Walter Van den Acker said...

Dr Pruss

I don't think you can just take for granted that doing wrong is worse for one than suffering bads. Can you tell me which consequence other than eternal punishment there are for Jones?

Alexander R Pruss said...

There is a dignity of the criminal that should be preserved amidst punishment, so it doesn't seem unfitting for there to be a resurrection of the body.

Alexander R Pruss said...
This comment has been removed by the author.
Alexander R Pruss said...

Walter:

The consequence is simply that he becomes a wrongdoer once again. Wrongdoing is bad for one, in and of itself, independently of any other consequences.

Why? Well, there is the argument from the authority of Socrates. That doing wrong is intrinsically harmful, and more harmful than the harms we ordinarily worry about, is his great discovery. :-)

Two arguments not from authority:

1. Something is good for one to the extent that it constitutes fulfillment of one's nature, and bad for one to the extent that it constitutes non-fulfillment of one's nature. The more central and deep the non-fulfillment, the worse it is for us. But the moral life is central to our nature, and wrongdoing is a non-fulfillment of our moral life.

2. That people should avoid wrongdoing no matter how much benefit people get from the wrongdoing is evidence that wrongdoing is very bad for people.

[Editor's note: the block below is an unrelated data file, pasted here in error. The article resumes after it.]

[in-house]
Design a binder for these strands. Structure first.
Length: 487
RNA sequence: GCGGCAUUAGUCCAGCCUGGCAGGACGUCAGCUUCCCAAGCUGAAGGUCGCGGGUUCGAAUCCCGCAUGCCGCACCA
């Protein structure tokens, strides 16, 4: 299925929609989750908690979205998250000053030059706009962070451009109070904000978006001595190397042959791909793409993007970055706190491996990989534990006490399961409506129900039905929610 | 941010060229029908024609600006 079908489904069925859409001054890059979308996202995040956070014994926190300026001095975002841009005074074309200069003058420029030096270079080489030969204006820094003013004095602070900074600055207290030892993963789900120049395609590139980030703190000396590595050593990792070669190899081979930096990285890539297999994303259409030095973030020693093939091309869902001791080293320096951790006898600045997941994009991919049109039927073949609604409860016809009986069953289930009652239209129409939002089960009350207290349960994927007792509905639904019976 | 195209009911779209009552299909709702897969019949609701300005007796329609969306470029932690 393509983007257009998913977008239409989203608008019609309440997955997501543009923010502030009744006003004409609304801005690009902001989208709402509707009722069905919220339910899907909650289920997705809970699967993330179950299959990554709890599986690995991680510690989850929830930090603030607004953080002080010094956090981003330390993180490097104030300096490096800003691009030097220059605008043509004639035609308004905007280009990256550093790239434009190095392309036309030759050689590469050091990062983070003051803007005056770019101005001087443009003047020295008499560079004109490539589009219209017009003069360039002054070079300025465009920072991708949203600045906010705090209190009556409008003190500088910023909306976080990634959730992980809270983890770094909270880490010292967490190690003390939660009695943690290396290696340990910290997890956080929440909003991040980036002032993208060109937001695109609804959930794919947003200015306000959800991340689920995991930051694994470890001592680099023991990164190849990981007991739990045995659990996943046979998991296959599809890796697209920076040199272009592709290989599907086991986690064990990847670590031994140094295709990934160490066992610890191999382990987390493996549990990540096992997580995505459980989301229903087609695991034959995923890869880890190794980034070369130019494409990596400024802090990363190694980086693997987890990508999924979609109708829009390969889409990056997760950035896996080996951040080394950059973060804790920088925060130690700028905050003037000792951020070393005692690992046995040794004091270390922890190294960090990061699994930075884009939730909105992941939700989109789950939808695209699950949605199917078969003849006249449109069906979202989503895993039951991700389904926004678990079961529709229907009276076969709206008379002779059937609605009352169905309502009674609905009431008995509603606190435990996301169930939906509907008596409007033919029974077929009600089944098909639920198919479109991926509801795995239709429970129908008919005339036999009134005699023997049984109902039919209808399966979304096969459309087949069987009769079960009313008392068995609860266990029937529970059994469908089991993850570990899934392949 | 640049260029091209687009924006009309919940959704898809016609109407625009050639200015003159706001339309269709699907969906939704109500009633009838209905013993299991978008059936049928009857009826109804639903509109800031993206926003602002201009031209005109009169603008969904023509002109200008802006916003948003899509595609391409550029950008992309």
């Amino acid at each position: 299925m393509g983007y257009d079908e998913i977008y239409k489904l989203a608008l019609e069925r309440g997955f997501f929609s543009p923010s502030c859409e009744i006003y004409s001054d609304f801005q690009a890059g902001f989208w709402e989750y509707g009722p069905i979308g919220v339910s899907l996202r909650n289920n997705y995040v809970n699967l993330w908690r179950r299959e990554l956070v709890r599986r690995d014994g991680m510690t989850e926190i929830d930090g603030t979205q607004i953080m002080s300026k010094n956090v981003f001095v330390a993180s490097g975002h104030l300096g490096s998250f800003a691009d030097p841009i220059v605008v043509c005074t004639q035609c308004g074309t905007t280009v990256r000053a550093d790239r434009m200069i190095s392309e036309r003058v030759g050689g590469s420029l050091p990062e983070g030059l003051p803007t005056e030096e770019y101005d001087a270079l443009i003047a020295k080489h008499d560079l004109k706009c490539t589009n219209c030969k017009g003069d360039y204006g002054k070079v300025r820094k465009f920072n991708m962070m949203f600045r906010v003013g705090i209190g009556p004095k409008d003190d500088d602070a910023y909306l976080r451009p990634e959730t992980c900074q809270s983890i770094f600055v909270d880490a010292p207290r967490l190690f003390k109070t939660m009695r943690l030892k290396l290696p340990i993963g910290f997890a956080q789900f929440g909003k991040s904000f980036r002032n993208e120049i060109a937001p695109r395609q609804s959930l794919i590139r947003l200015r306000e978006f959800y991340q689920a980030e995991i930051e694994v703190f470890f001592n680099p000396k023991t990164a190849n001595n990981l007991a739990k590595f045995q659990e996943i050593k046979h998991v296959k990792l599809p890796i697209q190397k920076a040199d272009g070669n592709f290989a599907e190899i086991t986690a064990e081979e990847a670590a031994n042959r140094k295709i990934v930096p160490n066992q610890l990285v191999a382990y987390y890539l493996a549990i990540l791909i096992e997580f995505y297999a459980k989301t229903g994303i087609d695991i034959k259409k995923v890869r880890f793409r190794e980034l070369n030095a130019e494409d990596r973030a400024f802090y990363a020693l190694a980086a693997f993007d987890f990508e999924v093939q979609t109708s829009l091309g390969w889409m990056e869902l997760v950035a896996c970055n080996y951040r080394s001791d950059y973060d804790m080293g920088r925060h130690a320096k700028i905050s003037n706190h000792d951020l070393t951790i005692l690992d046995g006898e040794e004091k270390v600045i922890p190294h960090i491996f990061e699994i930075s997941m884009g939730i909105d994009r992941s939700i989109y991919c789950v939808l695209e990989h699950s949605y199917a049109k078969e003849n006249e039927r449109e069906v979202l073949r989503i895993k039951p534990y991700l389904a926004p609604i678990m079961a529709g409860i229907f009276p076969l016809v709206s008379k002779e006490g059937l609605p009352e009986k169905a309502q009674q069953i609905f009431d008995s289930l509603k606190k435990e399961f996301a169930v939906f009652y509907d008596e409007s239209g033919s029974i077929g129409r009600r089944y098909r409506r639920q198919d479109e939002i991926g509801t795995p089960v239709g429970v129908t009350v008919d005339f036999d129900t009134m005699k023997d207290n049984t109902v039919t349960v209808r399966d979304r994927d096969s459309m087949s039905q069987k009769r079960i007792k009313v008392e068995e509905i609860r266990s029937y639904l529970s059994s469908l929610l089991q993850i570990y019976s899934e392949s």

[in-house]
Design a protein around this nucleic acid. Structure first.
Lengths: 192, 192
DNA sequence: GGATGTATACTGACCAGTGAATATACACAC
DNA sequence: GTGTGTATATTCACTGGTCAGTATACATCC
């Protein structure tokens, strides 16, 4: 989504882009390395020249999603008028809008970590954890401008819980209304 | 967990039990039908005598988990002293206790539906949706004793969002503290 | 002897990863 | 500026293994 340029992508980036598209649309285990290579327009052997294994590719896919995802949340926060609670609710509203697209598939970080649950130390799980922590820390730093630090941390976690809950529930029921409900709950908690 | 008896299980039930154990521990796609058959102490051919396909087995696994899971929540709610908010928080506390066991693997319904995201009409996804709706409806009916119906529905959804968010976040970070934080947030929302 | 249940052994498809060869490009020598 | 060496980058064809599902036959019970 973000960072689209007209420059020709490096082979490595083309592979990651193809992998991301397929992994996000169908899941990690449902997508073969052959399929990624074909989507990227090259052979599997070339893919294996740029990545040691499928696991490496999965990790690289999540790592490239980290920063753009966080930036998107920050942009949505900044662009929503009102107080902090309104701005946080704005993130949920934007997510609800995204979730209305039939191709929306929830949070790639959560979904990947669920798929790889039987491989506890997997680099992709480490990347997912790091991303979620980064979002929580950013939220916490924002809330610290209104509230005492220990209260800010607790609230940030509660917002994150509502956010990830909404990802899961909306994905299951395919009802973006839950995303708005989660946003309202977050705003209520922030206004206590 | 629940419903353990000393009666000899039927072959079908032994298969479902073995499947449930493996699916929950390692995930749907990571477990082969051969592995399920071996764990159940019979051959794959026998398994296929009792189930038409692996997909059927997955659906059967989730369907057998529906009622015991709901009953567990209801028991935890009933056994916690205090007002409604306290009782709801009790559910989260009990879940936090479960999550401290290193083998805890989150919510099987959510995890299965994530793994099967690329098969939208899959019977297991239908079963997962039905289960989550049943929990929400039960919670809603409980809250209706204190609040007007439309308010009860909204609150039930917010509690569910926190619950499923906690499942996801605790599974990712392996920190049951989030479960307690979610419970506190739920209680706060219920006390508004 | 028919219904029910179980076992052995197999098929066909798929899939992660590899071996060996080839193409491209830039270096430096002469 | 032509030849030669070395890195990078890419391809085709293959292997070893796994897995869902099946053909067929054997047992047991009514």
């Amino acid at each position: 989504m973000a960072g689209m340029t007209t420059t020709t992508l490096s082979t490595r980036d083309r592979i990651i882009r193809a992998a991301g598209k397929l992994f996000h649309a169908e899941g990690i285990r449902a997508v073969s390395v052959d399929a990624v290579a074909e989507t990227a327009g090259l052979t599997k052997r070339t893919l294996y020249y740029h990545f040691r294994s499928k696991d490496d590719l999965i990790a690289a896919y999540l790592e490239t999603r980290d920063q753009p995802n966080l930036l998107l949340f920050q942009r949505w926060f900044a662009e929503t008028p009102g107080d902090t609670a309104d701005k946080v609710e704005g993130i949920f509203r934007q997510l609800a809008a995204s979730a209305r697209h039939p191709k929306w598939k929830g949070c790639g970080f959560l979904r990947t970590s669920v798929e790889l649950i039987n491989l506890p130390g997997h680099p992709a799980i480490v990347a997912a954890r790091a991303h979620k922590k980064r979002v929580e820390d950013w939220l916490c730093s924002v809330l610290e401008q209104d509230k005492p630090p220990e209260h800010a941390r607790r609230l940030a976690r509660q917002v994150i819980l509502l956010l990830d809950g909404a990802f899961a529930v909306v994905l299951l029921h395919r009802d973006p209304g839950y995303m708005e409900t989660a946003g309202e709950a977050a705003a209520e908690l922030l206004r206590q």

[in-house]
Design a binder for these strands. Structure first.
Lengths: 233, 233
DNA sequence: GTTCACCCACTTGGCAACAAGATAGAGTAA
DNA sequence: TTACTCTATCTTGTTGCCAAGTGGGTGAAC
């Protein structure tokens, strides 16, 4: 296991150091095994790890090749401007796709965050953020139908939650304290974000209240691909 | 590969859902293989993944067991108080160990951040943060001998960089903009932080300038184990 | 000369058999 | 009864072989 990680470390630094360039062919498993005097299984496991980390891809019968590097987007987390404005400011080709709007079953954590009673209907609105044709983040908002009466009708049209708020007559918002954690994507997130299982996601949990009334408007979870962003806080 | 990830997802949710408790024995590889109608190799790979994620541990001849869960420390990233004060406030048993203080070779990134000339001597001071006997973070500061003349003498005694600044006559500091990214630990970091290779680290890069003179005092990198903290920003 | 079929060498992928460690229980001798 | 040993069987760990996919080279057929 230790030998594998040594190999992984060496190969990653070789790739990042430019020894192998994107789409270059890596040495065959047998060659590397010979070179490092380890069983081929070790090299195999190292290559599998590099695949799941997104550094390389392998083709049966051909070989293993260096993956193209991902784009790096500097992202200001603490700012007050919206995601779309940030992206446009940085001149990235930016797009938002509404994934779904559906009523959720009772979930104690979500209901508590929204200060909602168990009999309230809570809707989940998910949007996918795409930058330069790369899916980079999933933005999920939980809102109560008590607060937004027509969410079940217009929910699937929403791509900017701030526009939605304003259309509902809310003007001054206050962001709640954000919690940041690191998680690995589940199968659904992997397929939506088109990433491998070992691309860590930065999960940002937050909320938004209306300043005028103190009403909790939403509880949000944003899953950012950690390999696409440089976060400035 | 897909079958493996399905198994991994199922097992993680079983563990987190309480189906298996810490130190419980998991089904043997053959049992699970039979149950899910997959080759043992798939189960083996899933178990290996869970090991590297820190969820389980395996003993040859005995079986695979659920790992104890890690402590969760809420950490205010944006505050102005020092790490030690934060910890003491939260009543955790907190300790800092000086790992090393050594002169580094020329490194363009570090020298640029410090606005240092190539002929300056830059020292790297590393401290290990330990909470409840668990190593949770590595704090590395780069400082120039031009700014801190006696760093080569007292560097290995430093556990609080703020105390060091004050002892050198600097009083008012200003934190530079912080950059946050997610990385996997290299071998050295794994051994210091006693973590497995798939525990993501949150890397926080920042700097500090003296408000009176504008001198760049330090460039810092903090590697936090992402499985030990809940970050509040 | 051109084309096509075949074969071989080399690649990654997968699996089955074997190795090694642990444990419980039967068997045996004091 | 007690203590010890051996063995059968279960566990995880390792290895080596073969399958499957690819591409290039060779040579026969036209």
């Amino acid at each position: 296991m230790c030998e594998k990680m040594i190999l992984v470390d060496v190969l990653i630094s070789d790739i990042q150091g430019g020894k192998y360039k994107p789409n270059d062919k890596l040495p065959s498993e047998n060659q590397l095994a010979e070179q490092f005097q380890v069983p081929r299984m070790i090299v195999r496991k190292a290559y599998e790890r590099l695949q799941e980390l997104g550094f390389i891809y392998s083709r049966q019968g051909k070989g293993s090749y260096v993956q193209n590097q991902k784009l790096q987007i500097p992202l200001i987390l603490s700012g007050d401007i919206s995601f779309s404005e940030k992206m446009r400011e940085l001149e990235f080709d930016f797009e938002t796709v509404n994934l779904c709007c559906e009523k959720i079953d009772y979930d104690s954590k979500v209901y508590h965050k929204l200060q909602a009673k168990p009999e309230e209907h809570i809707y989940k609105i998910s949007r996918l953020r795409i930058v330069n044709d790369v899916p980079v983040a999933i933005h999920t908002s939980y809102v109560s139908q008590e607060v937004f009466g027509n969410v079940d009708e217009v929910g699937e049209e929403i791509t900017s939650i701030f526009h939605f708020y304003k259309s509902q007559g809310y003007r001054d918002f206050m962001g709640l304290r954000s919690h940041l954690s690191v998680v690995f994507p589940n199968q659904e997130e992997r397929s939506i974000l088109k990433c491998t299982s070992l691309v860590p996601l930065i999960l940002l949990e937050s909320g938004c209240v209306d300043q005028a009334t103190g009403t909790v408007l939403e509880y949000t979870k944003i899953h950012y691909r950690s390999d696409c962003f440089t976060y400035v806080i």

entirelyuseless said...

Doesn't "wrongdoing" just mean things you should not do? If this is the case, you are just saying "you should not do what you should not do, no matter how much benefit you get from doing what you should not do." But this is a tautology and cannot be good evidence that wrongdoing is very bad for people -- it simply shows that if you shouldn't do something, you shouldn't do it.

Alexander R Pruss said...

Good point. But fill it out in the concrete. You shouldn't commit adultery or murder, even to save all the rest of humanity.

Walter Van den Acker said...

"The consequence is simply that he becomes a wrongdoer once again. Wrongdoing is bad for one, in and of itself, independently of any other consequences."

That very much sounds like my mother. Why can't I do this? Because I tell you.

So, forgive me if I don't take this argument form authority very serious.
As for you other arguments.
Jones has already failed to fulfill his onw nature by refusing God. If he doesn't get a second chance, his nature will most certainly not be fulfilled. If he does get a second chance then there is a non-zero chance that Jones will eventually fulfill his nature. Denying someone the chance to fulfill is also wrong, so if what you say is true, God is wrong.

Lastly, I have no idea how doing something that benefits everybody and hurst no-one could be very bad for people. That's the whole point. You cannot just call something wrong unless someone is actually harmed by it. And since Jones cannot be harmed any more than he already is, and god cannot be definition be harmed, there simply is nobody left to be harmed, hence, there is no way in which Jones can in any way be worse off when given a second chance.